New Zealand

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The end of the semester! I’ve turned in my students’ grades, received some of mine and finished semester projects. That means it’s time for winter break. My brother Peter, Steven and I heading to my parents’ house on New Zealand’s north island. I’ve been once, Peter has lived here over a year and visited since and it will be Steven’s first visit.

This time we’ll probably stay closer to home, but here are a few images from the north island…


…and a few images from the the south island…

…and a little something extra.

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Tel Aviv landing

One of the most basic elements of travel is how you do it. There’s planes, trains, automobiles – and that’s just the beginning. Whether you’re documenting an even for others or just wanting to remember for yourself, these all make great photo opportunities. Actually being in transport is one of the best moments to grab video footage of the city, country, or sky rolling by.

pre-flight in Taupo

As a pilot’s daughter, I’d be starting a series on transportation with planes no matter what. Today is especially timely, as I’m en route to a 2 week class in Dubai. I’ll be drafting on my notepad between Phx & Atlanta, and if I’m lucky, uploading through airport internet before the 2nd, longer flight.

So. Planes. How to summarize a lifelong relationship in just a few words? My 2nd earliest memory is an aerial view – caribou on the tundra. My parents met in Seattle and would go up to Alaska regularly for summer to hike. My dad and another pilot ran bush pilot service for scientists, photographers, naturalists, hikers. My mom and I spent one early summer in Kaktovik were 24 hour sunlight meant it quickly became clear that I needed independent verification even for the stories my parents told me. After all, how could it be 2am when it was bright as day outside? Definitely just a nefarious plot to trick me into going to bed early, and cutting tundra play time unnaturally short.

family trip

As I grew up, we split our family trips between road trips to camp in Colorado, commercial flights to see family in California, and borrowing my dad’s friend’s Piper Archer to go see friends in Wisconsin. Large airports are gateways to opportunity; small airports gateways to the sky.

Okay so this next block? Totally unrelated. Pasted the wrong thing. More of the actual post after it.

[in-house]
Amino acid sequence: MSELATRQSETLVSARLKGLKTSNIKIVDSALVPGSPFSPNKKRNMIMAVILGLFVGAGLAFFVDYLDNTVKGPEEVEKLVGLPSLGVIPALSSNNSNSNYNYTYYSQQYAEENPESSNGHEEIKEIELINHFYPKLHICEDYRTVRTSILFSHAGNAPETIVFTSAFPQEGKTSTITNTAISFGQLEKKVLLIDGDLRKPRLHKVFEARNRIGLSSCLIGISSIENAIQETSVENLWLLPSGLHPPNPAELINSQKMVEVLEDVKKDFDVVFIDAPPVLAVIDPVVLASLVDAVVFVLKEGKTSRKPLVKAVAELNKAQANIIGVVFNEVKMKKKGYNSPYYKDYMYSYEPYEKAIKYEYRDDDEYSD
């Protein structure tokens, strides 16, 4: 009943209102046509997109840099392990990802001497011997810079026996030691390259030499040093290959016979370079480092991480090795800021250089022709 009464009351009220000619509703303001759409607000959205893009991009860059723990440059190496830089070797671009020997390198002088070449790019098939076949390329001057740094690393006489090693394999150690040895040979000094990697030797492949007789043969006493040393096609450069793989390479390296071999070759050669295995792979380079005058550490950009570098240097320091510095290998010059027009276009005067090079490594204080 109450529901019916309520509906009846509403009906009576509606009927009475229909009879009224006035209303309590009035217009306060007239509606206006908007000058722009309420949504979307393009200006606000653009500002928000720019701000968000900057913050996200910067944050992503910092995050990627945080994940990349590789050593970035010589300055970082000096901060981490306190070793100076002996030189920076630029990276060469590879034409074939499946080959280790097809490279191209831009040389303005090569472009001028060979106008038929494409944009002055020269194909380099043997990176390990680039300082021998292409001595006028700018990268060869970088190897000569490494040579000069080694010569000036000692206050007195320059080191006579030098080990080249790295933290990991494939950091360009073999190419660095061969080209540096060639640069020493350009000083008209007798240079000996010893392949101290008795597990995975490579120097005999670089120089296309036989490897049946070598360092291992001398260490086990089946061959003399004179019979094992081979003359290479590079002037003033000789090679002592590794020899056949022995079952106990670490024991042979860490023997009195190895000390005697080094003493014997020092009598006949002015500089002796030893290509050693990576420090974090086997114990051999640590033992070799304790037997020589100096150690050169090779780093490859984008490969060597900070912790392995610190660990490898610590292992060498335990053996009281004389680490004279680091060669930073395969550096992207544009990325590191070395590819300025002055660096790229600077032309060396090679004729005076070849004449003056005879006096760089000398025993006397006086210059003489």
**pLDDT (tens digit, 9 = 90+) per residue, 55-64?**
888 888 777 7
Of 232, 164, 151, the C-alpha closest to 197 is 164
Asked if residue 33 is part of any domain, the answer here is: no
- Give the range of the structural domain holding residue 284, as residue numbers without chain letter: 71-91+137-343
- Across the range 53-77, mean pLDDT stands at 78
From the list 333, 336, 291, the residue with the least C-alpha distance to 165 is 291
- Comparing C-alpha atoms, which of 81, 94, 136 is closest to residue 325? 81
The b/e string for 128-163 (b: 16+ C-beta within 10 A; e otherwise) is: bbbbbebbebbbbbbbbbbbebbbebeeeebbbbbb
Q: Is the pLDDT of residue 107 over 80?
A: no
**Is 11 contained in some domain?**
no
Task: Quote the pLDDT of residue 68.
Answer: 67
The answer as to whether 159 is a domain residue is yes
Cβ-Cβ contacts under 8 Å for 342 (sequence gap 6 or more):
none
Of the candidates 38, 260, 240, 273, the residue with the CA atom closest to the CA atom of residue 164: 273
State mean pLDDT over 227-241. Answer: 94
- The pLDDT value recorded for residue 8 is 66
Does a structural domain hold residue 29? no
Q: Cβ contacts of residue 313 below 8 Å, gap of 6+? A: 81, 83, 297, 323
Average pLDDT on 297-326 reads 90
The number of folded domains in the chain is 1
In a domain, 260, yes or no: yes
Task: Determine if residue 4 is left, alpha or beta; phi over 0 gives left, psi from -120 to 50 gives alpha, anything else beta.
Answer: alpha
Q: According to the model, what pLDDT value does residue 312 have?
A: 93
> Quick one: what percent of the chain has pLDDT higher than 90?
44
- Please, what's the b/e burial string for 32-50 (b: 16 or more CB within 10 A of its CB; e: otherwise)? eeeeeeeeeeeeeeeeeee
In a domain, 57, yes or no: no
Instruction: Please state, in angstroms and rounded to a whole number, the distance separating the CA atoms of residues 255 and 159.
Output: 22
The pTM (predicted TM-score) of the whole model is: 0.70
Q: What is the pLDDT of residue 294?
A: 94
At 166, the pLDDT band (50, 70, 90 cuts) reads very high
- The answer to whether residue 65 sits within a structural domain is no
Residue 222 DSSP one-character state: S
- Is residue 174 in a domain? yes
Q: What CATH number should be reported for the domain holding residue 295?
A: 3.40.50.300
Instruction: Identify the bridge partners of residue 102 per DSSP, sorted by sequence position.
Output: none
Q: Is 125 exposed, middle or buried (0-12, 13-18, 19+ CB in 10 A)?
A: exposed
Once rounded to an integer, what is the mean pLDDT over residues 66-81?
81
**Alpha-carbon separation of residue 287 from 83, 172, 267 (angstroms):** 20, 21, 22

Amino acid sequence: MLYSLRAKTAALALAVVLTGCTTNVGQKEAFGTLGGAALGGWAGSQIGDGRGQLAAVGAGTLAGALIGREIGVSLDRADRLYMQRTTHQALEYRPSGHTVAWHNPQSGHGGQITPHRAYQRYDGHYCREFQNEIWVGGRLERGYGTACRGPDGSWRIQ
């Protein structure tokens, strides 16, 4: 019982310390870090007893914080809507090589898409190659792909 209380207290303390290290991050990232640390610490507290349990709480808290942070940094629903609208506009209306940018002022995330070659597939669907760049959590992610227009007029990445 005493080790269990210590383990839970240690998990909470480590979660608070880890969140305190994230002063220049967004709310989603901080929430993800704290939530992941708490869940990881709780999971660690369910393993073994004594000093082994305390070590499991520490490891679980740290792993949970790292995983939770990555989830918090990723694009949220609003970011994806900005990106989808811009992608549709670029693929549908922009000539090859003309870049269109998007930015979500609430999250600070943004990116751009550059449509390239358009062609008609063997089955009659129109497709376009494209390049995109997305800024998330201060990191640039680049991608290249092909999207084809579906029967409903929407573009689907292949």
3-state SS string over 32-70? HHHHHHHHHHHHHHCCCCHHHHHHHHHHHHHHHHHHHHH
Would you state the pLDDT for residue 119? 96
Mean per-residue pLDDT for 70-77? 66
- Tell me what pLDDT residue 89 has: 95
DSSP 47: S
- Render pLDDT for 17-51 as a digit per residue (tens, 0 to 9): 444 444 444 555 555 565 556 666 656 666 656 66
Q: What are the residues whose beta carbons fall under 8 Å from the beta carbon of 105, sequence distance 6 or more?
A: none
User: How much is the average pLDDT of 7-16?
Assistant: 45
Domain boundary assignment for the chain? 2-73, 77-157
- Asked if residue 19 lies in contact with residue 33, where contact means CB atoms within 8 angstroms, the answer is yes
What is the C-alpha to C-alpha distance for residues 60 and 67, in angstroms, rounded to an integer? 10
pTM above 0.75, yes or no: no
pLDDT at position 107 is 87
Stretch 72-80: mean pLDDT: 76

I try to guess the moments of takeoff and landing, pack lots of gum in case my ears lock up, and firmly believe that the trip starts even before you leave your house for the airport – not just when you land and pick up your luggage.

And for me, the journey is part of the story – the online check-in kiosque mix-up (for some reason, I do not exist…) and the time we made it from the breakfast place across town, through rental return and security, to the gate in about 30 minutes. (we even, somehow, beat the plane, if barely). Even Thursday’s overpass terror will turn into an adventure once the heart rate slows and the insurance agent has checked everything out.

nearly Nairobi sunrise

But the big adventures, the most magic – those long haul flights where you quietly board the flight in an empty Detroit winter and descend through clouds and mitzvahs to an airport that welcomes you home from right to left, or disembarking on a shimmering, melting tarmac to the shouts of competing baggage handlers and smells nearly as vivid as the colors.

Sometimes I think I learn the most when everything is unfamiliar, including myself.

takeoff from PHX


This winter break (for the northern hemisphere, at least) my Dad will be flying himself to meetings all over both NZ islands, my brother will be crossing the Pacific for some temporary parental supervision and some good football bonding (the real stuff, none of those pads and helmets), and I’ll be looking down on the Atlantic in a few hours. If I’m lucky and the skies are clear, I’ll take some pictures.

When I get a chance, I’ll add the pictures that go with this entry, and there’ll be a some kind of gallery of plane related pictures – and I want you to tell me where you would go if you had one round trip ticket to anywhere in the world?

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Setting pictures may seem pretty self-explanatory, but I think it’s good to think about what setting the scene really means. Dictionary.com lists several definitions including “the surroundings or environment of anything,” “the mounting in which a jewel is set,” and “the scenery and other properties used in a dramatic performance.” This is where everything – and sometimes nothing – happens. This is what is there before and after. It can influence mood and it can influence action.

Anyway… I thought I’d focus on examples.

New Zealand

The first four are from the Hawkes Bay area on the North Island, the last two are from Milford Sound on the South Island. For more NZ photos, please see the New Zealand link under Picassa.

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Lake Tekapo

This is from the South Island of New Zealand.

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Democratic Republic of Congo

The first three are from Kinshasa, the next five are from outside the capital. The next two are from Bukavu , on the south end of Lake Kivu(except for the middle one, which was taken in Walungu on the way back to Bukavu).

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the drive to Phoenix

This is from the drive down to Phoenix during the Big Move this summer. The first one, I think, is somewhere in Oklahoma. The second is coming down out of Flagstaff.

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Phoenix

These were taken on our quick visit this summer to scope the city and grab an apartment.

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France

Finally, this is what the crepe shop looks like from the street view.

2008-02-05 (14)*-mini

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More action via my correspondent in NZ…:

“Sent at 4:02 PM (GMT-12:00). Current time there: 11:59 AM